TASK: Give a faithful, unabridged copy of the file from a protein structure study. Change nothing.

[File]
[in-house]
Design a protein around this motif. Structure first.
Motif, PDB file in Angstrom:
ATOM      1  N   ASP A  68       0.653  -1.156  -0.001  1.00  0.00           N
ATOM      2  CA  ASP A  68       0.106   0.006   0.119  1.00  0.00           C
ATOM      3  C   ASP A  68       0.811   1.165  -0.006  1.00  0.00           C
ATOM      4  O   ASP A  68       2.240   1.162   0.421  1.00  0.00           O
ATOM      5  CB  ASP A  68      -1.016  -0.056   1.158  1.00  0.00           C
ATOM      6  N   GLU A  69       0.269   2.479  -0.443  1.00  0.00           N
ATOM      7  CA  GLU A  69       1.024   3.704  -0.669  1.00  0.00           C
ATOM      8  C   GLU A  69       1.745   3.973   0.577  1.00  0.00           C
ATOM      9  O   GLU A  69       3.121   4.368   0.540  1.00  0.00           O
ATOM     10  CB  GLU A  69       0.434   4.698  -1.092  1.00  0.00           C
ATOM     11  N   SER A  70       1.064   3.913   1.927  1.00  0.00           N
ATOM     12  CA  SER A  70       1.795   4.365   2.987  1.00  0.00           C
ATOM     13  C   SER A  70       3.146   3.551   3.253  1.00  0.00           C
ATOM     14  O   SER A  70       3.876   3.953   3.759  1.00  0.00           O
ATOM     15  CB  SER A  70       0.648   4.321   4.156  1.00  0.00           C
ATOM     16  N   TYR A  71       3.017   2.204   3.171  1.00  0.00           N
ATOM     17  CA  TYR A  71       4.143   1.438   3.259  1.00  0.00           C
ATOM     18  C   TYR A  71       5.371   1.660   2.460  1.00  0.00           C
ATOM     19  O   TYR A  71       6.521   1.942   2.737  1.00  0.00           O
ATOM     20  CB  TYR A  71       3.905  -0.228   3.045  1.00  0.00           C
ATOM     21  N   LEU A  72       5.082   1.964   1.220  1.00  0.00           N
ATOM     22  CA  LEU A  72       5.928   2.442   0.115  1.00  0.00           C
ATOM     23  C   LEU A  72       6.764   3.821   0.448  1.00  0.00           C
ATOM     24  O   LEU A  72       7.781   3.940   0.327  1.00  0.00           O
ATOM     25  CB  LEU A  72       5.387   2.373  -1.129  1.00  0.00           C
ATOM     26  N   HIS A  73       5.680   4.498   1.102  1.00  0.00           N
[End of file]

[in-house]
Design a protein around this motif. Structure first.
Motif, PDB file in Angstrom:
ATOM      1  N   ASP A  68       0.653  -1.156  -0.001  1.00  0.00           N
ATOM      2  CA  ASP A  68       0.106   0.006   0.119  1.00  0.00           C
ATOM      3  C   ASP A  68       0.811   1.165  -0.006  1.00  0.00           C
ATOM      4  O   ASP A  68       2.240   1.162   0.421  1.00  0.00           O
ATOM      5  CB  ASP A  68      -1.016  -0.056   1.158  1.00  0.00           C
ATOM      6  N   GLU A  69       0.269   2.479  -0.443  1.00  0.00           N
ATOM      7  CA  GLU A  69       1.024   3.704  -0.669  1.00  0.00           C
ATOM      8  C   GLU A  69       1.745   3.973   0.577  1.00  0.00           C
ATOM      9  O   GLU A  69       3.121   4.368   0.540  1.00  0.00           O
ATOM     10  CB  GLU A  69       0.434   4.698  -1.092  1.00  0.00           C
ATOM     11  N   SER A  70       1.064   3.913   1.927  1.00  0.00           N
ATOM     12  CA  SER A  70       1.795   4.365   2.987  1.00  0.00           C
ATOM     13  C   SER A  70       3.146   3.551   3.253  1.00  0.00           C
ATOM     14  O   SER A  70       3.876   3.953   3.759  1.00  0.00           O
ATOM     15  CB  SER A  70       0.648   4.321   4.156  1.00  0.00           C
ATOM     16  N   TYR A  71       3.017   2.204   3.171  1.00  0.00           N
ATOM     17  CA  TYR A  71       4.143   1.438   3.259  1.00  0.00           C
ATOM     18  C   TYR A  71       5.371   1.660   2.460  1.00  0.00           C
ATOM     19  O   TYR A  71       6.521   1.942   2.737  1.00  0.00           O
ATOM     20  CB  TYR A  71       3.905  -0.228   3.045  1.00  0.00           C
ATOM     21  N   LEU A  72       5.082   1.964   1.220  1.00  0.00           N
ATOM     22  CA  LEU A  72       5.928   2.442   0.115  1.00  0.00           C
ATOM     23  C   LEU A  72       6.764   3.821   0.448  1.00  0.00           C
ATOM     24  O   LEU A  72       7.781   3.940   0.327  1.00  0.00           O
ATOM     25  CB  LEU A  72       5.387   2.373  -1.129  1.00  0.00           C
ATOM     26  N   HIS A  73       5.680   4.498   1.102  1.00  0.00           N